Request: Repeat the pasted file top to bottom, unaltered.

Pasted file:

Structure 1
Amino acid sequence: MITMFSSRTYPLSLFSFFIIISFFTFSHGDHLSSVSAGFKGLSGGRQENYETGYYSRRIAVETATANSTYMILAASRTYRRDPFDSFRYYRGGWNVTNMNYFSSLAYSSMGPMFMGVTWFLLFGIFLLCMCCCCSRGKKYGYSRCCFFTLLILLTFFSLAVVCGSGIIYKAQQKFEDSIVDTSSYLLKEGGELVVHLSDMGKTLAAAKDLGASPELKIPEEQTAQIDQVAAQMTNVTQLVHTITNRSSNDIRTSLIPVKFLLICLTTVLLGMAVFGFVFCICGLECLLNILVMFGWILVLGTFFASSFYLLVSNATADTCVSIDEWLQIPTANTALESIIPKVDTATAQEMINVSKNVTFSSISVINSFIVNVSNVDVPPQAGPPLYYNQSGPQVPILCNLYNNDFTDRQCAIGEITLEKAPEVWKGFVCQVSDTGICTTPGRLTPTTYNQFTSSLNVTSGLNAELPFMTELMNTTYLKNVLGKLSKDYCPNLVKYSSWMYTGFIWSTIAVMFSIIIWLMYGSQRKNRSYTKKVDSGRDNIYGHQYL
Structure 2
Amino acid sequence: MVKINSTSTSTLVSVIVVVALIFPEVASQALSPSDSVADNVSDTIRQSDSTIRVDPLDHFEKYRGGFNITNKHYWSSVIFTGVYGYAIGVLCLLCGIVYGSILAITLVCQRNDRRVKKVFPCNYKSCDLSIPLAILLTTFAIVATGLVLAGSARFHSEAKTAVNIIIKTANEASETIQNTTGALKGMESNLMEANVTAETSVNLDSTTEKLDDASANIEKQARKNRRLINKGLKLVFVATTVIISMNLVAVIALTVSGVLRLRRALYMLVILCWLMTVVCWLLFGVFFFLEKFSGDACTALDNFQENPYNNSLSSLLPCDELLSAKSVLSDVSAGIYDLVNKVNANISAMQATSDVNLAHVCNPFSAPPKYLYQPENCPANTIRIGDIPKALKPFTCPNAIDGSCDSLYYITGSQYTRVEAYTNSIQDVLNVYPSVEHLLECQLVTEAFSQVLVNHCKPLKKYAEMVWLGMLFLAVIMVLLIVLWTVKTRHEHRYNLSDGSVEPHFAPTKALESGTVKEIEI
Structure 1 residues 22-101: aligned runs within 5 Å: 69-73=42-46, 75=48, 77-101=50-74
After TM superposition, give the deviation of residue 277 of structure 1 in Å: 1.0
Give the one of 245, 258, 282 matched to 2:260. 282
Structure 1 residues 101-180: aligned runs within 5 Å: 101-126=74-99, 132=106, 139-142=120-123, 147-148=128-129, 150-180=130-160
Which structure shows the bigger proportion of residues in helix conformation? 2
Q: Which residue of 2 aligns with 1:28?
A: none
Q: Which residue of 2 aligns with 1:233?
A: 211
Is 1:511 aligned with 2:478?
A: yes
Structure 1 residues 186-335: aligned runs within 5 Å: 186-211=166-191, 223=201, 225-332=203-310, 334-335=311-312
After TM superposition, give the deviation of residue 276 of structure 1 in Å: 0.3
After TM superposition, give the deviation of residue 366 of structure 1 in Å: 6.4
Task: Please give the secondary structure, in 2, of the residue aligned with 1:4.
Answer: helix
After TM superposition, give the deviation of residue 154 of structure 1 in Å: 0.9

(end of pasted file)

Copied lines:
Structure 1
Amino acid sequence: MITMFSSRTYPLSLFSFFIIISFFTFSHGDHLSSVSAGFKGLSGGRQENYETGYYSRRIAVETATANSTYMILAASRTYRRDPFDSFRYYRGGWNVTNMNYFSSLAYSSMGPMFMGVTWFLLFGIFLLCMCCCCSRGKKYGYSRCCFFTLLILLTFFSLAVVCGSGIIYKAQQKFEDSIVDTSSYLLKEGGELVVHLSDMGKTLAAAKDLGASPELKIPEEQTAQIDQVAAQMTNVTQLVHTITNRSSNDIRTSLIPVKFLLICLTTVLLGMAVFGFVFCICGLECLLNILVMFGWILVLGTFFASSFYLLVSNATADTCVSIDEWLQIPTANTALESIIPKVDTATAQEMINVSKNVTFSSISVINSFIVNVSNVDVPPQAGPPLYYNQSGPQVPILCNLYNNDFTDRQCAIGEITLEKAPEVWKGFVCQVSDTGICTTPGRLTPTTYNQFTSSLNVTSGLNAELPFMTELMNTTYLKNVLGKLSKDYCPNLVKYSSWMYTGFIWSTIAVMFSIIIWLMYGSQRKNRSYTKKVDSGRDNIYGHQYL
Structure 2
Amino acid sequence: MVKINSTSTSTLVSVIVVVALIFPEVASQALSPSDSVADNVSDTIRQSDSTIRVDPLDHFEKYRGGFNITNKHYWSSVIFTGVYGYAIGVLCLLCGIVYGSILAITLVCQRNDRRVKKVFPCNYKSCDLSIPLAILLTTFAIVATGLVLAGSARFHSEAKTAVNIIIKTANEASETIQNTTGALKGMESNLMEANVTAETSVNLDSTTEKLDDASANIEKQARKNRRLINKGLKLVFVATTVIISMNLVAVIALTVSGVLRLRRALYMLVILCWLMTVVCWLLFGVFFFLEKFSGDACTALDNFQENPYNNSLSSLLPCDELLSAKSVLSDVSAGIYDLVNKVNANISAMQATSDVNLAHVCNPFSAPPKYLYQPENCPANTIRIGDIPKALKPFTCPNAIDGSCDSLYYITGSQYTRVEAYTNSIQDVLNVYPSVEHLLECQLVTEAFSQVLVNHCKPLKKYAEMVWLGMLFLAVIMVLLIVLWTVKTRHEHRYNLSDGSVEPHFAPTKALESGTVKEIEI
Structure 1 residues 22-101: aligned runs within 5 Å: 69-73=42-46, 75=48, 77-101=50-74
After TM superposition, give the deviation of residue 277 of structure 1 in Å: 1.0
Give the one of 245, 258, 282 matched to 2:260. 282
Structure 1 residues 101-180: aligned runs within 5 Å: 101-126=74-99, 132=106, 139-142=120-123, 147-148=128-129, 150-180=130-160
Which structure shows the bigger proportion of residues in helix conformation? 2
Q: Which residue of 2 aligns with 1:28?
A: none
Q: Which residue of 2 aligns with 1:233?
A: 211
Is 1:511 aligned with 2:478?
A: yes
Structure 1 residues 186-335: aligned runs within 5 Å: 186-211=166-191, 223=201, 225-332=203-310, 334-335=311-312
After TM superposition, give the deviation of residue 276 of structure 1 in Å: 0.3
After TM superposition, give the deviation of residue 366 of structure 1 in Å: 6.4
Task: Please give the secondary structure, in 2, of the residue aligned with 1:4.
Answer: helix
After TM superposition, give the deviation of residue 154 of structure 1 in Å: 0.9